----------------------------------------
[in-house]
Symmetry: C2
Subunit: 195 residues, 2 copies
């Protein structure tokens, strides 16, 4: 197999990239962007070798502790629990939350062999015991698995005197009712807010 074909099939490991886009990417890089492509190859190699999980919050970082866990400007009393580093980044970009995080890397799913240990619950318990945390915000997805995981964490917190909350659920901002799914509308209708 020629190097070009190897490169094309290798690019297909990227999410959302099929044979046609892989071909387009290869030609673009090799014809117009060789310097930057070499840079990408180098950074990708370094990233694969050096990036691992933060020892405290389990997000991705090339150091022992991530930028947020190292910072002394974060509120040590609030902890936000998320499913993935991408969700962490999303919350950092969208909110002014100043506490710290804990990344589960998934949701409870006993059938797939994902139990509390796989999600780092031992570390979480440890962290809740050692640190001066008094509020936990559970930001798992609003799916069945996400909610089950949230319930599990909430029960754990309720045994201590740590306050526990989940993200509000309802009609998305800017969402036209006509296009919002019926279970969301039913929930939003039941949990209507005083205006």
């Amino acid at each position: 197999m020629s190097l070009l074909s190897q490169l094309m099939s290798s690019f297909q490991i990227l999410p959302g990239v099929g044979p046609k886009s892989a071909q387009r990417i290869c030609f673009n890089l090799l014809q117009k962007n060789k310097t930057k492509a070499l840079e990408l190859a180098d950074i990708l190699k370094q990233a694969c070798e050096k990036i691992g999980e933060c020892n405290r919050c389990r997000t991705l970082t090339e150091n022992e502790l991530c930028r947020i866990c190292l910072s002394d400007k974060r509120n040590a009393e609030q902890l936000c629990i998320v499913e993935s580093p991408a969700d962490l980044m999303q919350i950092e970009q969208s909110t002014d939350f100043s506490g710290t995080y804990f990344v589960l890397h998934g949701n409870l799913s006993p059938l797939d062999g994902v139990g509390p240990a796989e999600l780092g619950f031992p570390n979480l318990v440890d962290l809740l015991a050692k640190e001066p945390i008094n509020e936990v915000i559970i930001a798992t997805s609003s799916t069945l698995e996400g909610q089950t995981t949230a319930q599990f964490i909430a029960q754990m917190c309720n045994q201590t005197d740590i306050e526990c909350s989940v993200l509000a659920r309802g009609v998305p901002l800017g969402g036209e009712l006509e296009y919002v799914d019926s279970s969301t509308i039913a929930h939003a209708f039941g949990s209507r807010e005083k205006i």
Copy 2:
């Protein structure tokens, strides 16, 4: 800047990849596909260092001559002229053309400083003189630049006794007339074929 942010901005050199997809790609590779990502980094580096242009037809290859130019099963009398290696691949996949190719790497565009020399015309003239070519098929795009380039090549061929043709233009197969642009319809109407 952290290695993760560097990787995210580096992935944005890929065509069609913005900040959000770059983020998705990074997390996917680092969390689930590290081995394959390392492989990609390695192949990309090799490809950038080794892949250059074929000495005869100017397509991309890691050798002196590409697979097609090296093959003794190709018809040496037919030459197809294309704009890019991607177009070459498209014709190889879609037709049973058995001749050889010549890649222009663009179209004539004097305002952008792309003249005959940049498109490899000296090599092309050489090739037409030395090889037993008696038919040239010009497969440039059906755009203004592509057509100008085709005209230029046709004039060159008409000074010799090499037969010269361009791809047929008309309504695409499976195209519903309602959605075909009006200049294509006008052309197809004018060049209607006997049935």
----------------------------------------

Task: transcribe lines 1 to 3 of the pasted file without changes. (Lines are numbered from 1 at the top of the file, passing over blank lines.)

[in-house]
Symmetry: C2
Subunit: 195 residues, 2 copies